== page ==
The word "annulment" has a certain romance to it. After all, it might be a lot easier if the marriage had never taken place, right? Maryland law does have a process for annulment of marriages considered "voidable." However, it's rarely used and its effect may not be quite what you think.
Among the 99 percent, the economy may not feel like it's booming, but the worst of the Great Recession now appears to be over. At the very least, consumer spending is on its way back up -- last month the U.S. Department of Commerce reported the largest increase in consumer spending in the last eight years.
While statistics vary, it is commonly believed that close to half of all marriages will end in divorce. For those couples in Maryland with children, transitioning into a co-parenting relationship after a divorce can be difficult. This is often uncharted territory for parents, and many are still going through their own emotional reaction to the divorce while they begin the process of sharing parenting duties with their former spouse. It will take time and effort to settle into new roles as co-parents, and the following tips are offered in the hopes of easing that process.
One of the primary concerns of Maryland parents who go through divorces is the impact that the change will have on their children. Most will go to great lengths to ease the transition for their kids and will look for advice on how to help them adjust. According to many researchers, the manner in which parents approach divorce and child custody matters should be tailored toward the age group of the children involved.
Social media has changed the way that many Americans stay connected with friends and family. The ability to share information, photos and more allows people to share a great deal of their lives with those they care about. However, Facebook and other social media sites can also become a problem for many Maryland spouses who are going through a divorce.
People who have never been through the end of a marriage often hold many preconceived notions about the process. These beliefs can make it difficult to know when divorce is the right course of action, because so many Maryland spouses have convinced themselves that there are certain conditions that must be met before taking steps to move forward. The following information is offered in the hopes of allowing spouses to fully understand that there is no "right" set of conditions that lead up to a divorce, and to listen to their own heart when making choices about their future.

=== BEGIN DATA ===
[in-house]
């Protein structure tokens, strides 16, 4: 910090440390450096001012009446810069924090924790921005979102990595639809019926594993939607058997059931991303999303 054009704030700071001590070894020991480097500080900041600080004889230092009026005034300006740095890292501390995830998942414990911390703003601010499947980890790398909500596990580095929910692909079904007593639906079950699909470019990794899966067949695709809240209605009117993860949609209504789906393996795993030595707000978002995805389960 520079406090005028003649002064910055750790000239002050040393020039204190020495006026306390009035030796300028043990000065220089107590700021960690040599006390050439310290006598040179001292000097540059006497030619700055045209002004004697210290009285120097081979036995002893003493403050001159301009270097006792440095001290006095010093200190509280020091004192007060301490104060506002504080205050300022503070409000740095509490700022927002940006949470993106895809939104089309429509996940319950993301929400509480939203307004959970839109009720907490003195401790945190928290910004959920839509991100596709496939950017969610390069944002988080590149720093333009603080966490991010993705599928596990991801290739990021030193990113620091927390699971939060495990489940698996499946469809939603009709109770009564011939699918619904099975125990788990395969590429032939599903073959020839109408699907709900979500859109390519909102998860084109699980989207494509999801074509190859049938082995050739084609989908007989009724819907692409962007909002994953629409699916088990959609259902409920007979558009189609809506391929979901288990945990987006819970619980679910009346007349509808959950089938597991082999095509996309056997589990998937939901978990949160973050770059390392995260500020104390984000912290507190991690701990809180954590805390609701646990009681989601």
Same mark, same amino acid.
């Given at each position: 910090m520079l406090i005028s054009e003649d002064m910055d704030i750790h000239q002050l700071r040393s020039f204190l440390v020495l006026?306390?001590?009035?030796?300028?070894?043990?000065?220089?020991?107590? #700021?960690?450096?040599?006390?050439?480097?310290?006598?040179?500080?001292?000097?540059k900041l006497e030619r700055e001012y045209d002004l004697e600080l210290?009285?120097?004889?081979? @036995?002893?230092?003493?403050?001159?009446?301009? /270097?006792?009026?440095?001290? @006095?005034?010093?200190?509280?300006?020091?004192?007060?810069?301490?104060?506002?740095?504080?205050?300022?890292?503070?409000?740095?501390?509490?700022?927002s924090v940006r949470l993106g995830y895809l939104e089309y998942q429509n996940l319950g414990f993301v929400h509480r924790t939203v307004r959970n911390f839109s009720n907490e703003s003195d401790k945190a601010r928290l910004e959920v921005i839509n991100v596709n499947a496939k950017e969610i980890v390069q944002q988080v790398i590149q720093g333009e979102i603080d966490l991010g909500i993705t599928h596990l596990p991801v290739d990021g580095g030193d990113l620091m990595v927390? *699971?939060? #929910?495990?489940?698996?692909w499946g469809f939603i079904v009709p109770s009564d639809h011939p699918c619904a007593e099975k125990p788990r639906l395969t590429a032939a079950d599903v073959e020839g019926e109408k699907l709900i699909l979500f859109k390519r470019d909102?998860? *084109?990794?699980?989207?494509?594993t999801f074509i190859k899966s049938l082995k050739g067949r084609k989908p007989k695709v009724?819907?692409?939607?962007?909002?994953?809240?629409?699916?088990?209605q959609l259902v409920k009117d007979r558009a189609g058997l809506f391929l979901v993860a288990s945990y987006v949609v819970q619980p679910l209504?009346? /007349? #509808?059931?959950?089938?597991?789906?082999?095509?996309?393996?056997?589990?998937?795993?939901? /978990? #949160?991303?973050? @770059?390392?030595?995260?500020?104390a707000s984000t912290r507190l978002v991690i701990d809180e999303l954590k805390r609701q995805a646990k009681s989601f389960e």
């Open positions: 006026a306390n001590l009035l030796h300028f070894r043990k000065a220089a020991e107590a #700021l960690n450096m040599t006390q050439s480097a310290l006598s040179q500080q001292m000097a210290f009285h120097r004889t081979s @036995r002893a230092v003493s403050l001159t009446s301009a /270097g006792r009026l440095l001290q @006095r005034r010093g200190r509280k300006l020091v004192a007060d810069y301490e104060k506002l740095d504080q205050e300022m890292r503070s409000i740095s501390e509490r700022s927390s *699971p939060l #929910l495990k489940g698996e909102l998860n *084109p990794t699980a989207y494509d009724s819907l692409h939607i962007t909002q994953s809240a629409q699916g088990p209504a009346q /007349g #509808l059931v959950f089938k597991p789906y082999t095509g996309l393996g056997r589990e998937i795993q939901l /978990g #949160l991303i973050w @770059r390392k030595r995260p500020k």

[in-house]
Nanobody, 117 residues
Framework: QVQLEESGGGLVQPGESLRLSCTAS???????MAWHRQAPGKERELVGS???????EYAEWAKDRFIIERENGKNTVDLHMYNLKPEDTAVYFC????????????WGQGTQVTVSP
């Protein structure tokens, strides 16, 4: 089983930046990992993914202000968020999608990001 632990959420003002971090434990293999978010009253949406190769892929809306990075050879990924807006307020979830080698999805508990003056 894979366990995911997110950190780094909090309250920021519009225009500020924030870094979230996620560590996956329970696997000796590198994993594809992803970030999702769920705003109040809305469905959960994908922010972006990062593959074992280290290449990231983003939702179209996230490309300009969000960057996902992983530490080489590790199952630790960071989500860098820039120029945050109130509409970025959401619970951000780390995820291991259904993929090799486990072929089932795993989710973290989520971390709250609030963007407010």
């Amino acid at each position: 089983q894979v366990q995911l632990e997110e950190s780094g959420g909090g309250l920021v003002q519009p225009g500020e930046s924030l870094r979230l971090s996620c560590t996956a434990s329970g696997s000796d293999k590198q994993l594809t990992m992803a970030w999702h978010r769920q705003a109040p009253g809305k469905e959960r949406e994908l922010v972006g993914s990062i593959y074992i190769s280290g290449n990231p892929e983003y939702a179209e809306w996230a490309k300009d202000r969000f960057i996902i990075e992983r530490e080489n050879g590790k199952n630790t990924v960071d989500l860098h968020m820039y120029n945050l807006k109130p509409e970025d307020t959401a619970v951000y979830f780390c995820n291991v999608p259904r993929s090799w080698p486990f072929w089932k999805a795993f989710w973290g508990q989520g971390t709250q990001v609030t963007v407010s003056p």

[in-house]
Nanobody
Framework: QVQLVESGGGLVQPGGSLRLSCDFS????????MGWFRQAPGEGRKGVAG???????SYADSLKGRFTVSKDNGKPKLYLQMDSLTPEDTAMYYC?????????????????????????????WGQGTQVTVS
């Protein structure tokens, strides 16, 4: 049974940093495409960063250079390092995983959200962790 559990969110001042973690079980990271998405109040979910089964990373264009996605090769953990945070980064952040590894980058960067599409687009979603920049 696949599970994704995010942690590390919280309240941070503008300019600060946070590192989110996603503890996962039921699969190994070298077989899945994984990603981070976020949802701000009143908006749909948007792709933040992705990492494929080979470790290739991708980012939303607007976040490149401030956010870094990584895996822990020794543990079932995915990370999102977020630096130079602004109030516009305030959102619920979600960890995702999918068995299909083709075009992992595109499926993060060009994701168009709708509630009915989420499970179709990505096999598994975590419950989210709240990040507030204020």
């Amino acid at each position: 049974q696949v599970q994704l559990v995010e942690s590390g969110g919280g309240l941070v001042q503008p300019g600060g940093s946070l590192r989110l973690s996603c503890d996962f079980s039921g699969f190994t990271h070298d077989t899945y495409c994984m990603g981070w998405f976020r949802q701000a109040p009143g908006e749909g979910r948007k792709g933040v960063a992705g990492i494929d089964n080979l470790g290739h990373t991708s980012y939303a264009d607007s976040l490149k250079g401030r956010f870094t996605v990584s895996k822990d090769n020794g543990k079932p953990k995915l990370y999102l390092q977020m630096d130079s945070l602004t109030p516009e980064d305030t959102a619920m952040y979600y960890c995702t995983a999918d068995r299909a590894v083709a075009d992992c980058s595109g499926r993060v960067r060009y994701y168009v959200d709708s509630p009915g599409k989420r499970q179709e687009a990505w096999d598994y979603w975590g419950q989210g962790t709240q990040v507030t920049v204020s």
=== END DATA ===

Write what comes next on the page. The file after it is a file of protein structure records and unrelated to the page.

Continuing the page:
The end of a marriage brings about a great deal of changes for parents of shared children. Coming to terms with a new child custody structure can be difficult for everyone. Dads in particular can struggle with having their children in their sole care during visitation time. While not all family structures follow this pattern, it is still the norm in American society for mothers to dominate the decision-making process when it comes to how children are raised. When that influence is no longer present in a Maryland household, fathers can sometimes have difficulty adjusting.
A great deal of attention is paid to the rate of marriage and divorce among American couples. For many in Maryland, however, the source of those statistics is something of a mystery. A great deal of what we know about marriage and divorce comes from the American Community Survey, which is issued by the U.S. Census Bureau every four years. Recently, the inclusion of questions regarding marriage and divorce has been questioned, leading to debate on the issue.
Business owners in Maryland know exactly how hard it can be to take a concept and mold it into a successful venture. Many have put in a great deal of money, time and effort to get their businesses off the ground, and then to weather changing market conditions and an economic recession. To have a huge portion of that hard work be lost through the property division portion of a divorce is a difficult prospect to consider, but one that any entrepreneur should think carefully about.
It is not uncommon for high-profile divorces to be drama-filled. Maryland readers may be interested to learn about the ongoing divorce issues of former NFL star Deion Sanders and his former wife, Pilar. It was reported that the case once again landed in court in another state after Pilar failed to return the couple's three children to Deion as per their custody order. Deion is the custodial parent.